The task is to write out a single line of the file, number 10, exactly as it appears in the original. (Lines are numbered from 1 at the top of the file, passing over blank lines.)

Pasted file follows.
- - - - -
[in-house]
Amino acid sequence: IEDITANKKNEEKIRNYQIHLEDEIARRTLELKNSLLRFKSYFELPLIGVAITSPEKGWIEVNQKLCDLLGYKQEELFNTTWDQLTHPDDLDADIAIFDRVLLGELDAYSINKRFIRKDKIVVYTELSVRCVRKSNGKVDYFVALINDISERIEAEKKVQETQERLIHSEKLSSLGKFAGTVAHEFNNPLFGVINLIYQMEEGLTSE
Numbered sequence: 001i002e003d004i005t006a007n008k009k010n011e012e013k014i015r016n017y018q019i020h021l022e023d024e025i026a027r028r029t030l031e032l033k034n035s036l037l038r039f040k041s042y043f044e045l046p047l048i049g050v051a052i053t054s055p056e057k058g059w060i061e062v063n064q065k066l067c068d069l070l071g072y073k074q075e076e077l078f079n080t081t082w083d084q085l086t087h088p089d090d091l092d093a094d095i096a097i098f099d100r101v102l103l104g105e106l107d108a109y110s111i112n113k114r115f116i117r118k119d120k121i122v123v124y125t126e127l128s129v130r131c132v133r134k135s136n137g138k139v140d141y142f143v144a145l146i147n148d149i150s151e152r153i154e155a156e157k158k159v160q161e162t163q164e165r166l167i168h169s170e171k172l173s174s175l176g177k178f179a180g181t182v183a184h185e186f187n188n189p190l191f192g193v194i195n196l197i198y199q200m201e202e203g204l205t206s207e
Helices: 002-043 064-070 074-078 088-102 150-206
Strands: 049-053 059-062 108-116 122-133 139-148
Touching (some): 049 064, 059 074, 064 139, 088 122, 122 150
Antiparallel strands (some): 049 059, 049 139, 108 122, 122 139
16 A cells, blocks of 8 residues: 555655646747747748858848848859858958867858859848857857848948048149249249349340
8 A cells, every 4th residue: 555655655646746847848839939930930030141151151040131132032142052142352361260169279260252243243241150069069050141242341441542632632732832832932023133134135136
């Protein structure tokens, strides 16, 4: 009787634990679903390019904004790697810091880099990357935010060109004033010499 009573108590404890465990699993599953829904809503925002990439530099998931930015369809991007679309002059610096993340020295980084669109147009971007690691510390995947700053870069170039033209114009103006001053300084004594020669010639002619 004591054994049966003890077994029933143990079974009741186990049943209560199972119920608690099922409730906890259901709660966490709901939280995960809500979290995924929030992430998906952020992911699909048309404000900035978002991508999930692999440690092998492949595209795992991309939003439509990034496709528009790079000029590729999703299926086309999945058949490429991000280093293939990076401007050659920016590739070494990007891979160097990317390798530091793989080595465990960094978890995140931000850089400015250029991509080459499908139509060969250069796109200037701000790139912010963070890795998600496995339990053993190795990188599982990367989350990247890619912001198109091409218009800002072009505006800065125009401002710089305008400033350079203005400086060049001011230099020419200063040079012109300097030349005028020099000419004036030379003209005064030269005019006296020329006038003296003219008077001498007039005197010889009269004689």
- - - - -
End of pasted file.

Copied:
């Protein structure tokens, strides 16, 4: 009787634990679903390019904004790697810091880099990357935010060109004033010499 009573108590404890465990699993599953829904809503925002990439530099998931930015369809991007679309002059610096993340020295980084669109147009971007690691510390995947700053870069170039033209114009103006001053300084004594020669010639002619 004591054994049966003890077994029933143990079974009741186990049943209560199972119920608690099922409730906890259901709660966490709901939280995960809500979290995924929030992430998906952020992911699909048309404000900035978002991508999930692999440690092998492949595209795992991309939003439509990034496709528009790079000029590729999703299926086309999945058949490429991000280093293939990076401007050659920016590739070494990007891979160097990317390798530091793989080595465990960094978890995140931000850089400015250029991509080459499908139509060969250069796109200037701000790139912010963070890795998600496995339990053993190795990188599982990367989350990247890619912001198109091409218009800002072009505006800065125009401002710089305008400033350079203005400086060049001011230099020419200063040079012109300097030349005028020099000419004036030379003209005064030269005019006296020329006038003296003219008077001498007039005197010889009269004689």